BALTIMORE — As the number of lung illnesses suspected of being connected to vaping rises in Maryland and across the country, health professionals in Cecil County are now under orders to report any cases they are treating.
Citing health advisories issued by the U.S. Food and Drug Administration and the Centers for Disease Control and Prevention, Robert R. Neall, Maryland Secretary of Health has issued a directive and an order to all health professionals to become familiar with the criteria for vape associated lung injuries and report them within one working day to the Cecil County Health Department.
Henry Taylor, M.D. and health officer for the county health department, said clinicians that use computers in patient care already have easy access to the reporting system, which requires the reporting of others diseases as well.
“This will just add it to the mandatory reporting system just as they report communicable diseases,” Taylor said Thursday. Taylor said there is staff at the county office in Elkton to act as the reporting agency for the county to the state health department.
“We need to find the cause,” Taylor said.
Patients with any kind of breathing illnesses not associated with an infection, or another chronic condition who have used a vape or dabbing product within 90 days of presenting these symptoms must be reported, the directive reads. Local reports are sent to the county health department, which are then forwarded — with no personal patient information — to the state health department.
The directive is statewide and went into effect immediately. As of Oct. 1 there were 23 cases reported in the state.
Until the data can assure him otherwise, Dr. Naveed Hasan, a pulmonologist at Union Hospital in Elkton, said he does not see where vaping is safer than traditional tobacco smoking in a cigarette.
“We have no controls, no minimum or maximum for the chemicals,” he said. While he agrees that the percentage of illnesses and deaths do not compare to the numbers caused by other products.
“But they are being marketed wrong,” he said. “They are sending the wrong message.”
Hasan is concerned that young people who use a vaping liquid with nicotine will transition to cigarettes.
“Overall I think vaping, in general, has increased tobacco use in high school aged children,” he said.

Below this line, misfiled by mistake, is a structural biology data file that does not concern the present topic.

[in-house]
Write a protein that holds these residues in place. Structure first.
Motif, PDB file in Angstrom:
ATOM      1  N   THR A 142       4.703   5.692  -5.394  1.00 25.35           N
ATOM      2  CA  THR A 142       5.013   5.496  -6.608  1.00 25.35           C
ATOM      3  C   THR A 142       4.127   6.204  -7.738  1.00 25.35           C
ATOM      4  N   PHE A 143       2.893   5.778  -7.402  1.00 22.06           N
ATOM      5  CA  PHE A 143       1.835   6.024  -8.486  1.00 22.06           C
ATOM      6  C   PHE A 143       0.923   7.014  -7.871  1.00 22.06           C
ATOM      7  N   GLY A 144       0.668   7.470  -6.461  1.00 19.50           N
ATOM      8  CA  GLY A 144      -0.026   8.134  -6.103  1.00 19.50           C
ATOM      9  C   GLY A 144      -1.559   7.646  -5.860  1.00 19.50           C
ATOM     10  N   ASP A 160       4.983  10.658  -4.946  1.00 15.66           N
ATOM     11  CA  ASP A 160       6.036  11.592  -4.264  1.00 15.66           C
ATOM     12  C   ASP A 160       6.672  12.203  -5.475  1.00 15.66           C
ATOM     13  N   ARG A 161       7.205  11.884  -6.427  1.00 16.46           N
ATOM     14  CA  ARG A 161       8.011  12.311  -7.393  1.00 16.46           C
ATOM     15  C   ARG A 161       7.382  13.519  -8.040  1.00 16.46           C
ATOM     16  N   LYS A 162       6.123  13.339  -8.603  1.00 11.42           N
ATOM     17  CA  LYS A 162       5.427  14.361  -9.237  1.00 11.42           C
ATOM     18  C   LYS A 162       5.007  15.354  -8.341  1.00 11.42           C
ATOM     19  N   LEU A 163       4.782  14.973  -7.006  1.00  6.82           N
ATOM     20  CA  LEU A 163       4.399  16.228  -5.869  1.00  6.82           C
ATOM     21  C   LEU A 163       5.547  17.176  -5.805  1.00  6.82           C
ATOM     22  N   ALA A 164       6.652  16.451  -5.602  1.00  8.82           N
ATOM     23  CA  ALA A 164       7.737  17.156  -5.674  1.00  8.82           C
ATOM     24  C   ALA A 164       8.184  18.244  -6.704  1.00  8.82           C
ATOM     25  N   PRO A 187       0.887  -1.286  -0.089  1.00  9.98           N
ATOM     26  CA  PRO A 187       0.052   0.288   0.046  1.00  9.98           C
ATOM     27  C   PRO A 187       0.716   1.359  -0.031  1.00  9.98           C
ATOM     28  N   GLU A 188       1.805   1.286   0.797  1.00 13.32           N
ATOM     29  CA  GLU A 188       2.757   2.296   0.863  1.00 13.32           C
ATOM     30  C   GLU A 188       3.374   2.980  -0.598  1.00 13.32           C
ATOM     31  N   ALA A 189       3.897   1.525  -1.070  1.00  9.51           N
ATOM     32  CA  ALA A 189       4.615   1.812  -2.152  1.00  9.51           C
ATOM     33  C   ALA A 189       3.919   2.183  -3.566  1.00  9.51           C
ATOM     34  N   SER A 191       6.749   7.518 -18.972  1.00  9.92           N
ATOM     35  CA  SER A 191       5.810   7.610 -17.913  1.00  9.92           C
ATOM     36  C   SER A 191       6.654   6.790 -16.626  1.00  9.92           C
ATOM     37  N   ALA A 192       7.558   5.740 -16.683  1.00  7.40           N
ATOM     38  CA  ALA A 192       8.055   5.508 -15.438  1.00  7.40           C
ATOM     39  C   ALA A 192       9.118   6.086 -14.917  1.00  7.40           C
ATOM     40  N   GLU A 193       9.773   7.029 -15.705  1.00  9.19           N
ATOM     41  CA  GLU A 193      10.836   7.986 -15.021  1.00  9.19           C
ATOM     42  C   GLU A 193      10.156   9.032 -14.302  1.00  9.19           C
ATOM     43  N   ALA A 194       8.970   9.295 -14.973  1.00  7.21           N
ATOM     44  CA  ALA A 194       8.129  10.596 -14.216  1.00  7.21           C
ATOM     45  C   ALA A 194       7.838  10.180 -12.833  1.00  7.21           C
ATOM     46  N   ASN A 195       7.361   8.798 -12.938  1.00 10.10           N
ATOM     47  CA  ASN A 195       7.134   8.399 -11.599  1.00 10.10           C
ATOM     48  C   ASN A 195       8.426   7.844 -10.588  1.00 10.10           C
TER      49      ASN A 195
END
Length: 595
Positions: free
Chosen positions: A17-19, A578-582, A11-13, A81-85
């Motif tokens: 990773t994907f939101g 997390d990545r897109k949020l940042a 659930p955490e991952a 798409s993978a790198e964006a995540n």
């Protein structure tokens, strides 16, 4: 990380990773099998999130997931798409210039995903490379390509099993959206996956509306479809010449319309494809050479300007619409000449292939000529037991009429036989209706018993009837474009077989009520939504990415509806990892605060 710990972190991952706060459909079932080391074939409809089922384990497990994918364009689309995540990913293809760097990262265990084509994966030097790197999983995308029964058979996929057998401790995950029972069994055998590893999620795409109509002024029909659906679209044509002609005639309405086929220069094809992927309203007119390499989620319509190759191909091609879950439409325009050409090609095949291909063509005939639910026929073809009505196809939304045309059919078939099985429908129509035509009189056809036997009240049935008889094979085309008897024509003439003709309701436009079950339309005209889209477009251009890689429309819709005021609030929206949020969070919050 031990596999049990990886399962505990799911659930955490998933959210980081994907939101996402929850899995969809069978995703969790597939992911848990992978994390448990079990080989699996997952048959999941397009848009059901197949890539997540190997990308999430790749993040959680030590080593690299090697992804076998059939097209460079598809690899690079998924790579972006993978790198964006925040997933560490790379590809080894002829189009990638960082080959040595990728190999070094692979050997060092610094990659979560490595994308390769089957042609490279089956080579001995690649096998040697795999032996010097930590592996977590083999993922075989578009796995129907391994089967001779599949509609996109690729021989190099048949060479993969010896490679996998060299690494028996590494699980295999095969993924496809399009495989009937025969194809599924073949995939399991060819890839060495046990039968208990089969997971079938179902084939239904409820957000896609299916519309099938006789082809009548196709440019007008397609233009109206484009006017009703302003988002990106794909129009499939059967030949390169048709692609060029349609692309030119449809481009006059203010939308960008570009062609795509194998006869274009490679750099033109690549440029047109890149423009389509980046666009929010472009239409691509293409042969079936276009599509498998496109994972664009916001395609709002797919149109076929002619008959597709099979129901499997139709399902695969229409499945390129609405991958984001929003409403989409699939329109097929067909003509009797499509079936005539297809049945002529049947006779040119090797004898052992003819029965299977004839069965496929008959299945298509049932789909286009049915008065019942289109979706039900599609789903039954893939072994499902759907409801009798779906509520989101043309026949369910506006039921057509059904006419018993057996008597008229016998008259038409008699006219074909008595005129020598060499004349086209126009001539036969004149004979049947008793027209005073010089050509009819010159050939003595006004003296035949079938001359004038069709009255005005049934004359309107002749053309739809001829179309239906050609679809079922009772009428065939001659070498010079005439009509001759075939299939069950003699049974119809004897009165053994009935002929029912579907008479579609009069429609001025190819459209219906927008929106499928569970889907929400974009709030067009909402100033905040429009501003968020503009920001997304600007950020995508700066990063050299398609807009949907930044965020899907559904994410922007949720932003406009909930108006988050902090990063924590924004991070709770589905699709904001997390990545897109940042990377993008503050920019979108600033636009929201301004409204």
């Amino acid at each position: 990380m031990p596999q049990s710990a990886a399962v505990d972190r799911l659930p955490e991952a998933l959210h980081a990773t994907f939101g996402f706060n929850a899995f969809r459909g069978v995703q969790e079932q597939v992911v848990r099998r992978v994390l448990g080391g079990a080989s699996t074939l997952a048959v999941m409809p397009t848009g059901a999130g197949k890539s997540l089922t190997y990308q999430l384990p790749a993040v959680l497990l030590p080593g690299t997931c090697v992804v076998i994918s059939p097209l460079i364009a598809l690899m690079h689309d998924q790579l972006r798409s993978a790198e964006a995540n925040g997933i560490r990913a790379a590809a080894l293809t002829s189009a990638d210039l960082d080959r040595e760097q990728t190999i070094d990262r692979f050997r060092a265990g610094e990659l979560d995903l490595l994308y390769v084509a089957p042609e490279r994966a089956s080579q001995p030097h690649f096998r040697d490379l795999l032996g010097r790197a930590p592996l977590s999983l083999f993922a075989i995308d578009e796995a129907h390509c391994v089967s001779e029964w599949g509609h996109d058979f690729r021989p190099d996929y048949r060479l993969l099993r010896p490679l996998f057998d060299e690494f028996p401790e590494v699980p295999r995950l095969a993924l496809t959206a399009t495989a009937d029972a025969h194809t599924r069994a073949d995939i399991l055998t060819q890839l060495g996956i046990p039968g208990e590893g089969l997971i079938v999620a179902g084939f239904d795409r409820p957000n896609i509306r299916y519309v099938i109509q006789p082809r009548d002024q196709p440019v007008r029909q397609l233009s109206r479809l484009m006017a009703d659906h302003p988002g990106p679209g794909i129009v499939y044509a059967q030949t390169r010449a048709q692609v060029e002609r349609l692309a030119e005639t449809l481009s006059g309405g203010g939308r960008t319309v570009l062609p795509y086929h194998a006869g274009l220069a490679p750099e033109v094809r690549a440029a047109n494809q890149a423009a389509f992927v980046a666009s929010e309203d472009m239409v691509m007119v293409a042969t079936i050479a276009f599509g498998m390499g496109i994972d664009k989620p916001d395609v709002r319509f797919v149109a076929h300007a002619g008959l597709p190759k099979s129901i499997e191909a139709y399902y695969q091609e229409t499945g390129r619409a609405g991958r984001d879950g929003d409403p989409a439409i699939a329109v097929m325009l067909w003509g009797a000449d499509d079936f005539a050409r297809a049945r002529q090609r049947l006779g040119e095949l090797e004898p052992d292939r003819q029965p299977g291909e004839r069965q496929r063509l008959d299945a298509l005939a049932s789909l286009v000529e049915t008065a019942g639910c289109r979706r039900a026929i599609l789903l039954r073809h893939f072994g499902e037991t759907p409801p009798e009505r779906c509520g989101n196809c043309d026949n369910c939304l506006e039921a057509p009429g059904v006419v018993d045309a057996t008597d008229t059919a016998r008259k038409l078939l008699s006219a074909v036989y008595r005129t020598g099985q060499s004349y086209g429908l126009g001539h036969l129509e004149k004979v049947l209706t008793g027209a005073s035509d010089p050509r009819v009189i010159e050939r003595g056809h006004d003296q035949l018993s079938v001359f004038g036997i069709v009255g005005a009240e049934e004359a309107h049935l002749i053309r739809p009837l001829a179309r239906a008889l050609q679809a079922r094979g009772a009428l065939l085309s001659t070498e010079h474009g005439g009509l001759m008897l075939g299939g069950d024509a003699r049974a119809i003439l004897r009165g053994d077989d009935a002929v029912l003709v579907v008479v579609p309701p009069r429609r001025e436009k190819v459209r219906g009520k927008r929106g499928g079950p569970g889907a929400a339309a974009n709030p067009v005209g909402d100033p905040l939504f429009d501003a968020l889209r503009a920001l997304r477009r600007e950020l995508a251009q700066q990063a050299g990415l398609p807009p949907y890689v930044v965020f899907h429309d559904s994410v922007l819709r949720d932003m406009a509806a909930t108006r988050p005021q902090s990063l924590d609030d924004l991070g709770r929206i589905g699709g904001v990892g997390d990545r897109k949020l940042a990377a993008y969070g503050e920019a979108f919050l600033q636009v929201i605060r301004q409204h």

While he has not personally seen any patients presenting with a vape-related illness or injury, what he has been told is the majority of those seen are connected to THC liquids.
Maryland now has a website where the most recent information and statistics can be found; https://phpa.health.maryland.gov/OEHFP/EH/Pages/VapingIllness.aspx. Health professionals are being instructed to educate patients on the dangers and how to prevent illnesses associated with vaping.
“By having mandatory reporting, we’ll have a sense of where this is coming from,” Taylor said. “We’ll be able to look at who’s getting sick and we’ll be able to look at the devices.”
Cecil County’s vape businesses maintain that the dangers being seen are as a result of black market products, not those sold by legitimate stores.
“They are adding a chemical called ‘Vitamin E Oil’ as a filler or a thickener,” Joe Brown, owner of Cloud 9 Vape Shop in Rising Sun, said of these black market pre-filled pods purported to contain THC. Also known as tetrohydrocannabinol, THC is the ingredient in marijuana that creates the high, or the hallucinations. “When it’s (vitamin E oil) heated it becomes toxic. This is not in regulated E-juice, period. Never has been, never will.”
Collin McIlvried, district manager of Wesley’s Vape Shops in Elkton, Fair Hill and Havre de Grace, agreed that the wrong group is under attack.
“Instead of targeting the problem they’ve demonized the entire industry,” McIlvried said.
Taylor said there appears to be a need to educate the public about the dangers of doing any kind of damage to one’s lungs.
“Lungs have the surface area about the size of a tennis court,” he explained. “They are a very good way to get medicine into the blood stream.”
For instance, he pointed to the inhalers used by those with asthma or chronic obstructive pulmonary disease.
“And with Narcan it’s the best way to get the medicine into the blood stream in an overdose,” he said, referring to the fast acting nasal spray used on a person suffering an opioid overdose. “People are being a little bit casual thinking you can put anything into your body.”
“Taking oil and perfume and heating it up and breathing it into the lungs ... you get a build up of oils and lipids in the lung tissue,” Taylor said.